Tuesday, January 28, 2014

The Branson Belle Show

The Showboat Branson Belle
Now we come to the last aspect of the Branson Belle we'll bring you, the show itself. It wasn’t just a performance, but it was indeed about showmanship. By this I mean that those on stage were not just great musicians, but had to combine a great degree of showmanship with their music. For example, Dean Church, the fiddler, not only made great music, but did so while playing the violin between his legs, on his back, behind his back, and while riding a unicycle.

Our view of the stage during dinner.

Mike Bliss opened the show as master of ceremonies. For the other water-rats in the audience besides me, Mike opened the show by featuring the Branson Belle herself. A sight and sound presentation was done on her construction, powering, launching, and operation.

The ShowBelles and the Castaways.
Behind him was the stage set, and it took some time to realize the band was behind the set, in round “sound holes” that were covered with screen, so you couldn’t even tell the performers were there until a spotlight hit them just right. The piano was in the middle, with the other four musicians in the other corners of the set. Each musician, not content to play one instrument, was surrounded by an assortment of instruments that they would pick up as a the music required. To keep with the nautical theme, the musicians were the Castaways Band.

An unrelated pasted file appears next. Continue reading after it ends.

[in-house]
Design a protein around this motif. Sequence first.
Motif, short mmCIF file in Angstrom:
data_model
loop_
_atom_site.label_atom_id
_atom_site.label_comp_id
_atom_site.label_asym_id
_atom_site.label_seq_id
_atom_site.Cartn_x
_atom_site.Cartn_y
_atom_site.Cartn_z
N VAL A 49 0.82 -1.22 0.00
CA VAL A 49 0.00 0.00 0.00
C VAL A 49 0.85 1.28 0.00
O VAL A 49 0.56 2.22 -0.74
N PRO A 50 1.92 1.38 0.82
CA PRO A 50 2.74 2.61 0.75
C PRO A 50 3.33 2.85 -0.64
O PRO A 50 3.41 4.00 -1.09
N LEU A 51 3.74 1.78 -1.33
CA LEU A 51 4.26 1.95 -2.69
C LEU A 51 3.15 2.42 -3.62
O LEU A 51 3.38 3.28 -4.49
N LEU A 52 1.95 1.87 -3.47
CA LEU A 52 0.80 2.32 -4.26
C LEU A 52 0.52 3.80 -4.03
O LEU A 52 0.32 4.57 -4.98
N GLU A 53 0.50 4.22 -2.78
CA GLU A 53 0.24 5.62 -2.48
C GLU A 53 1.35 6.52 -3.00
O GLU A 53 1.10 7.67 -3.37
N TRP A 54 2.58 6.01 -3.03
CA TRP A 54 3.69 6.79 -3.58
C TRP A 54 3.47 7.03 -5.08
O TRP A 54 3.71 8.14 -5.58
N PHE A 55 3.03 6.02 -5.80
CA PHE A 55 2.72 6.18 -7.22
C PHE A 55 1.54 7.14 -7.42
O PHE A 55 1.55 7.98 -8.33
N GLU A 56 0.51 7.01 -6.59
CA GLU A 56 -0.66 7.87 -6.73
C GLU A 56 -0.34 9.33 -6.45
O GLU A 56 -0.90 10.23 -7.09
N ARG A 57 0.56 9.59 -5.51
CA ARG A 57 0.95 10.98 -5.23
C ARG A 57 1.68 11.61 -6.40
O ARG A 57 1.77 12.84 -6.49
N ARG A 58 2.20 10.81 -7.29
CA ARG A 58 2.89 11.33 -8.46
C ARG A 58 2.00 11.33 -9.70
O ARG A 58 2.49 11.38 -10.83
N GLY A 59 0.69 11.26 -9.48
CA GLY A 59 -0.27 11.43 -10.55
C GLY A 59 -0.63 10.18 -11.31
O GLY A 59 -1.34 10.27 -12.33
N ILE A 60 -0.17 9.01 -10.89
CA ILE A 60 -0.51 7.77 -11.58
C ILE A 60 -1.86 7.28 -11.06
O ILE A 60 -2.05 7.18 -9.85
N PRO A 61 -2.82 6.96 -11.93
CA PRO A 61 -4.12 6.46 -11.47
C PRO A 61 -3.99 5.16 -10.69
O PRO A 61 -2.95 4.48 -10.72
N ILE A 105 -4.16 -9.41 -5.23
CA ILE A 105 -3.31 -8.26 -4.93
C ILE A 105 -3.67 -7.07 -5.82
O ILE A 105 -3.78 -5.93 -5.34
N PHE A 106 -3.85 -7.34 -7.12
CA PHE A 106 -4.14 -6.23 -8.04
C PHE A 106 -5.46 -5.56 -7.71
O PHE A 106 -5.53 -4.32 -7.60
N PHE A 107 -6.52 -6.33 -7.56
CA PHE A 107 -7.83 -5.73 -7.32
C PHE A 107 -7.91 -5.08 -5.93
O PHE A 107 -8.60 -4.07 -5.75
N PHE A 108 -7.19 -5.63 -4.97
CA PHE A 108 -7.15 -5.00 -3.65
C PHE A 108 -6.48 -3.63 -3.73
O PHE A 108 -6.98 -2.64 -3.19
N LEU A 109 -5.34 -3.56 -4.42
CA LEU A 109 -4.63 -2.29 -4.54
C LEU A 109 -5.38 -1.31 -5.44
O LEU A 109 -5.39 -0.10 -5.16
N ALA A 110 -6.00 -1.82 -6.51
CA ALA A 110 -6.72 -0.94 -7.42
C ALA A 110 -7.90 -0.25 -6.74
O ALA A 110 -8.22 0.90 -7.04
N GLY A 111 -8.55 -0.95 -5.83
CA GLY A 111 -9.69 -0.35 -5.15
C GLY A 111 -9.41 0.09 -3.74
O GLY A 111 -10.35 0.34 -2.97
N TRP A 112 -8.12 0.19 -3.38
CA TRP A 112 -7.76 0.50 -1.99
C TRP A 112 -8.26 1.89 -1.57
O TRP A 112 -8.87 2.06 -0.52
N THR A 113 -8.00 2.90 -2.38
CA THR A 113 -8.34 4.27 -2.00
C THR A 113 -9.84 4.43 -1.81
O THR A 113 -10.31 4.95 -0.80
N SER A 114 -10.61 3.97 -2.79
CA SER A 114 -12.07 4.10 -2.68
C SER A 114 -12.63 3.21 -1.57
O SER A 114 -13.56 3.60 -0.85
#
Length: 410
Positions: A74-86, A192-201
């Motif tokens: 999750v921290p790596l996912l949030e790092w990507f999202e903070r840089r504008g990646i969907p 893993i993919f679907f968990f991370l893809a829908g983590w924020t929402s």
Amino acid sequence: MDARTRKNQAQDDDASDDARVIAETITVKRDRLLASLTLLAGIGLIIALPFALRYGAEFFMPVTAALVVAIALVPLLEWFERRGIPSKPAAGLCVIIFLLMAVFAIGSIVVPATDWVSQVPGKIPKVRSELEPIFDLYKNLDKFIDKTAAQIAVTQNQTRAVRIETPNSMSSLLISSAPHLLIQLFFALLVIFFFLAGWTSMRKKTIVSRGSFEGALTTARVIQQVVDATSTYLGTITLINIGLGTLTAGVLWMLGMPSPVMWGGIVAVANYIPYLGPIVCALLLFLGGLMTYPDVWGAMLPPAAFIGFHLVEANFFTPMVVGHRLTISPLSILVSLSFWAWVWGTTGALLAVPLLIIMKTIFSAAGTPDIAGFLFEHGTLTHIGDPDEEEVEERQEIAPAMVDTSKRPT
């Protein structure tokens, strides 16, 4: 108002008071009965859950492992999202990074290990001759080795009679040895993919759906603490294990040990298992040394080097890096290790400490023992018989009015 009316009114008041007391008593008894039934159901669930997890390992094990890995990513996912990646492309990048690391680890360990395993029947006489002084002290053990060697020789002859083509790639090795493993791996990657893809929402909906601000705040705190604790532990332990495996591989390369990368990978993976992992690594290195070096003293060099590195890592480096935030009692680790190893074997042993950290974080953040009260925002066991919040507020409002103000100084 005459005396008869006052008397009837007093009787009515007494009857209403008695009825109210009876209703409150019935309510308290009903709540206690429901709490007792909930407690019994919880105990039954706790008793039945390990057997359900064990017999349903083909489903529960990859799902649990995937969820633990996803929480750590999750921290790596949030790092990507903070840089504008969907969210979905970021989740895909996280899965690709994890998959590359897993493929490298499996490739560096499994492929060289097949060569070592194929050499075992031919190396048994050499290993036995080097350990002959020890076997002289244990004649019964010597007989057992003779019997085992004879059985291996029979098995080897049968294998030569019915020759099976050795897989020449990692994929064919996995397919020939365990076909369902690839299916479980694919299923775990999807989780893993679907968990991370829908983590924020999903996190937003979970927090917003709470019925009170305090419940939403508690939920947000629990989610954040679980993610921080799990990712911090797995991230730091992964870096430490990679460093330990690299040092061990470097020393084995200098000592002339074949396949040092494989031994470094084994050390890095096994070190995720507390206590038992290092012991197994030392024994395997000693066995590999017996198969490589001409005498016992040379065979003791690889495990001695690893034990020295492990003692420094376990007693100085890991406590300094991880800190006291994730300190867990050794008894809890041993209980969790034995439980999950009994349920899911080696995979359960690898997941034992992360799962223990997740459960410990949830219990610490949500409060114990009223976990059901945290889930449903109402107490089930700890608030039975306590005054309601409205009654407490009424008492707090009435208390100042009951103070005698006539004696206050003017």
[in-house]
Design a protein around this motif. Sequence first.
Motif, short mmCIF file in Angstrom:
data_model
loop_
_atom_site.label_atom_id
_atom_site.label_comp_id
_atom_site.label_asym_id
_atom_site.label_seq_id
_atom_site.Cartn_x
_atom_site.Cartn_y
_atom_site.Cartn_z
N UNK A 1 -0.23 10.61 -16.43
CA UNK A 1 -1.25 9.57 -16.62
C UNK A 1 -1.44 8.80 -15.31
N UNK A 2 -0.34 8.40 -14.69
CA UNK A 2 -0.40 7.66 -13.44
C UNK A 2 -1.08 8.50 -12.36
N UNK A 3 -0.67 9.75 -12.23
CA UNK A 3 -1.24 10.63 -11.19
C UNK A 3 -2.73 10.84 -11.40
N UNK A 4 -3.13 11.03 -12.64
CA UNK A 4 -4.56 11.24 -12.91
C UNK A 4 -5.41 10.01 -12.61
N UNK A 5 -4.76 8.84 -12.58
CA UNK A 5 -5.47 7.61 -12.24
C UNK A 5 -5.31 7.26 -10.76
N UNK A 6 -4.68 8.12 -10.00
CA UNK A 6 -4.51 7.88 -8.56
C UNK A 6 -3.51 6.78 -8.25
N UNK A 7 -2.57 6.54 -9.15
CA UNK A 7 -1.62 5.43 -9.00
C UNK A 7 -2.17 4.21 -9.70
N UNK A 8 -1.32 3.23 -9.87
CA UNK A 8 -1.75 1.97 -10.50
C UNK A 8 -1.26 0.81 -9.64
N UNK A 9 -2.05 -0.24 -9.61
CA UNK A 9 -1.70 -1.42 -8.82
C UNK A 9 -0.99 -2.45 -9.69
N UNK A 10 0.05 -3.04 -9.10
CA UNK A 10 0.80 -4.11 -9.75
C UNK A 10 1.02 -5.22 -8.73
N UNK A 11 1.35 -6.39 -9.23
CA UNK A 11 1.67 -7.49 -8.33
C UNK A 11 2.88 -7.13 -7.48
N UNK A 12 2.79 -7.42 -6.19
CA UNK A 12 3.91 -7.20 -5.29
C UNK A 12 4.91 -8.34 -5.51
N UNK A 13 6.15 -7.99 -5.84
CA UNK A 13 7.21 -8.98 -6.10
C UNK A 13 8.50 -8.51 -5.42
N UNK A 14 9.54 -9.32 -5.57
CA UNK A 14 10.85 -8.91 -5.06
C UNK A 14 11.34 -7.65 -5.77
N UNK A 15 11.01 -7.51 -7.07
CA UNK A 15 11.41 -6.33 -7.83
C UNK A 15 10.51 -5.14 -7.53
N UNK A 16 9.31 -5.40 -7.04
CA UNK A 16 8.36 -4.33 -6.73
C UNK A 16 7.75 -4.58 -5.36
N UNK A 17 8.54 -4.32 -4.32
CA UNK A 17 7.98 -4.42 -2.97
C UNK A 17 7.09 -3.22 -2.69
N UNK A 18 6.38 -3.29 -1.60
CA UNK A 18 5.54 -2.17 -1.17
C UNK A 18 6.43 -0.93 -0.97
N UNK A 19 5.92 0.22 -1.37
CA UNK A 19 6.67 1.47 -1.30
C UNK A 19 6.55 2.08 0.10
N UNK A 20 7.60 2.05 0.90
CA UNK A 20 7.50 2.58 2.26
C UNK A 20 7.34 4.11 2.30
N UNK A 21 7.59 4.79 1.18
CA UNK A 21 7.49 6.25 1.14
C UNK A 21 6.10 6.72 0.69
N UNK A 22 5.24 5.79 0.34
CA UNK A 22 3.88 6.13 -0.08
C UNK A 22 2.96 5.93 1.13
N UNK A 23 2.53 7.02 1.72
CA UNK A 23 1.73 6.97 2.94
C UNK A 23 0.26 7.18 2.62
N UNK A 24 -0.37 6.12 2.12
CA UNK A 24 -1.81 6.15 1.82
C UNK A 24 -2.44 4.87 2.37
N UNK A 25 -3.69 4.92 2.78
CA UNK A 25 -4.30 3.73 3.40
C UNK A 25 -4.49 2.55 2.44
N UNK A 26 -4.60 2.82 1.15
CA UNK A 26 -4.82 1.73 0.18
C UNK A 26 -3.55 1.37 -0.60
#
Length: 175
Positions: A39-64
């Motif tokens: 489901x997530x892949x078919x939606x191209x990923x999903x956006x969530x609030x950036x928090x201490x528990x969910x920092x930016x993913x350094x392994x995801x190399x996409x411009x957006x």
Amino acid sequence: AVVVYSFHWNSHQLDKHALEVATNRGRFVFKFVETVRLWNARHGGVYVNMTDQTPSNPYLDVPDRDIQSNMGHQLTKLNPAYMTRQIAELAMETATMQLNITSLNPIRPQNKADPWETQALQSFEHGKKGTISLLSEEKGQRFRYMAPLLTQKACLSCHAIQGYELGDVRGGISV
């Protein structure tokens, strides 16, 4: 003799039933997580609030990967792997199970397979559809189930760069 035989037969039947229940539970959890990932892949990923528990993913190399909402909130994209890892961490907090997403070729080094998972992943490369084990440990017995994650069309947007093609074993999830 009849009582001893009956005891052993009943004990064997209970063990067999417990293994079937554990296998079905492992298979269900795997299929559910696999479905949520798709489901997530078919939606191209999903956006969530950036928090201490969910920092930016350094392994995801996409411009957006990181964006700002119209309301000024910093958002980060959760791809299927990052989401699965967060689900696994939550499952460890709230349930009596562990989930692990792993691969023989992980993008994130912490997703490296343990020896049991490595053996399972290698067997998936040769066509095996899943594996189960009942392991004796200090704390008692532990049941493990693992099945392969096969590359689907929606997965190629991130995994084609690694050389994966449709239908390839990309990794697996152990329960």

Dean Church
Then The ShowBelles, four singing dancers high-stepped their way across the stage, making several appearances.
Julie McClarey, pianist, was extremely talented, and, keeping with the theme, not only made great music, but contorted herself around to play from every posture possible. The picture here is of her kneeling with her back to the piano, her arms wrapped around her neck, as she played backwards, performing, incredibly, Nicolai Rimsky-Korsakov’s Flight of the Bumblebee.

The Salute to America and the Troops
Our time aboard was fast-paced, and the time was jammed with activity and entertainment. Anyone that has spent any time in the service industry would have been fascinated by how 700 people were served each course of dinner almost simultaneously. In short, there was no aspect of the afternoon that wasn’t choreographed with the greatest detail and efficiency.

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